15-bedroom 'Game of Thrones' castle that was home to House Tully is up for sale for an absolute steal
'Game of Thrones' fans here's some good news that could definitely make up for the lack of all that action revolving around Westeros and the Iron Throne.
'Game of Thrones' fans, rejoice! 2018 might have been one cursed year because the epic fantasy series may not have blessed fans and followers of the show with a new season, but here's some good news that could definitely make up for the lack of all that action revolving around Westeros and the Iron Throne.
A real-life castle that was shot as part of the House Tully stronghold, Castle Riverrun, on the popular HBO series recently hit the market and for a relatively reasonable price. Gosford Castle, located in Northern Ireland, was originally built in the mid-1800s and features approximately 15 bedrooms and 10 bathrooms. It’s been used as a hotel since 1983 but is currently back on the market for £500,000, or approximately $656,452 in US dollars. As a means of comparison, this is less than the average cost of a home in Los Angeles, which is currently $677,400
At present, Maison Real Estate, which is managing the castle listing, has the property broken down into six luxury apartments to show the profitability of the property, each with a pretty spectacular name attached to it. “The Round Tower,” “The Inner Bailey,” and “The Old Keep,” just to name a few. Each apartment runs about 3,500 square feet, with access to a rooftop garden with sprawling countryside views.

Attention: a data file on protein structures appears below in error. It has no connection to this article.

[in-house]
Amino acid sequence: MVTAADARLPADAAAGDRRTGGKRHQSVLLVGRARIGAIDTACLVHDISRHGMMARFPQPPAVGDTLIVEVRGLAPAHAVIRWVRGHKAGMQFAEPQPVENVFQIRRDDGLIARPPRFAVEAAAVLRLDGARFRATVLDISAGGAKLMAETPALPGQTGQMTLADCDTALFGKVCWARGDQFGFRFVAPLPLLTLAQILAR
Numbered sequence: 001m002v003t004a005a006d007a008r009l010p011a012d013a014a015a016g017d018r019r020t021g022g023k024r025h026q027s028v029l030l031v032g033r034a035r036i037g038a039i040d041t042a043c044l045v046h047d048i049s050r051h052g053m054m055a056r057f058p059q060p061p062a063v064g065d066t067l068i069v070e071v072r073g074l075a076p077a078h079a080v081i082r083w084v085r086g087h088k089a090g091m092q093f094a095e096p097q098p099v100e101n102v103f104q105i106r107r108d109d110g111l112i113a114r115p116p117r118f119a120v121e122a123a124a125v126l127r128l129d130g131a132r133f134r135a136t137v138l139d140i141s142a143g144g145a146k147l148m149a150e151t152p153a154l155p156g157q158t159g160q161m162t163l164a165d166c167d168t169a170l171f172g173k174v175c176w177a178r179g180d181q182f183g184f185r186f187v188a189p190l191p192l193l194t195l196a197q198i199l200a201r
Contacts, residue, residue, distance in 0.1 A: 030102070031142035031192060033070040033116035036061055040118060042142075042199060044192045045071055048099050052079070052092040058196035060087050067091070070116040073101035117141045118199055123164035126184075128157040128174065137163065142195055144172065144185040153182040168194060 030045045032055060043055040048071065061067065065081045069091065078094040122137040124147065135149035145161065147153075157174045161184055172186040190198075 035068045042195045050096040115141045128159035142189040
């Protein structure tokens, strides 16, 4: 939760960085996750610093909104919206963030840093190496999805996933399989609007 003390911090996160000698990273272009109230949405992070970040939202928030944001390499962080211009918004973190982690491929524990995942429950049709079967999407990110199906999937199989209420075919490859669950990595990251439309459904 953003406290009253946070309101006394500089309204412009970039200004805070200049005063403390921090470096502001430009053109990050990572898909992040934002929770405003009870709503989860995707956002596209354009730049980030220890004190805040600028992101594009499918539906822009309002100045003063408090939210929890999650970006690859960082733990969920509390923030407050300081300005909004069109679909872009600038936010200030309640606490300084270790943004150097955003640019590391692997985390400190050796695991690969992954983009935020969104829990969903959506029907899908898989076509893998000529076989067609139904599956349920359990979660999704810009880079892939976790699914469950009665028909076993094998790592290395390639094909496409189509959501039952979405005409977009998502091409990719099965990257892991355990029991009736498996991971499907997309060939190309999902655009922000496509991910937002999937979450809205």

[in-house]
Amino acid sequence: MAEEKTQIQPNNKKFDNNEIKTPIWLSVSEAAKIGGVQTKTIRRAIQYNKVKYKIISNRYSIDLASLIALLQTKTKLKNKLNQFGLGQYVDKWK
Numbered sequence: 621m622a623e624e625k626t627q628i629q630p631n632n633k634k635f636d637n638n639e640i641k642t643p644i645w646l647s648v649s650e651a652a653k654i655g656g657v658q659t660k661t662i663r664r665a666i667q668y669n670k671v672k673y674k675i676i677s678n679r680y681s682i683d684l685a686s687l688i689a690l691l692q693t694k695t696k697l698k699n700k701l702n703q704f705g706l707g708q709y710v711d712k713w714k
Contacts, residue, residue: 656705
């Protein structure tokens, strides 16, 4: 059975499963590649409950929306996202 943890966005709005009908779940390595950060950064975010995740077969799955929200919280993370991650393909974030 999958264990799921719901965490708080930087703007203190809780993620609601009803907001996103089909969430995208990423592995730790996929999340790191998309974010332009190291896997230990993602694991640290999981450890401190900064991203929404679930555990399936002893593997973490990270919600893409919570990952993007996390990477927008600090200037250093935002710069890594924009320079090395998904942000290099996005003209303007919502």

The inside of the castle is as elegant and intricate as one might expect, having been designed in the Norman Revival style by London architect Thomas Hopper. Literally the property of royalty until 1921, the castle acted as a home base for the Earls of Gosford. Then, during World War II, it was commandeered and used to accommodate troops and even a prisoner of war camp.
After the war, the castle was sold to the Ministry of Agriculture, which established the surrounding grounds as Gosford Forest Park (later becoming Northern Ireland’s first conservation forest, in 1986). The castle was used by the military once again before it was converted into a hotel in 1983. The castle in its present state is a result of a massive restoration that took place in 2006 converting the estate into 23 luxury residences, with artisans and craftsmen refurbishing the original staircases and vaulted ceilings to their previous prestige.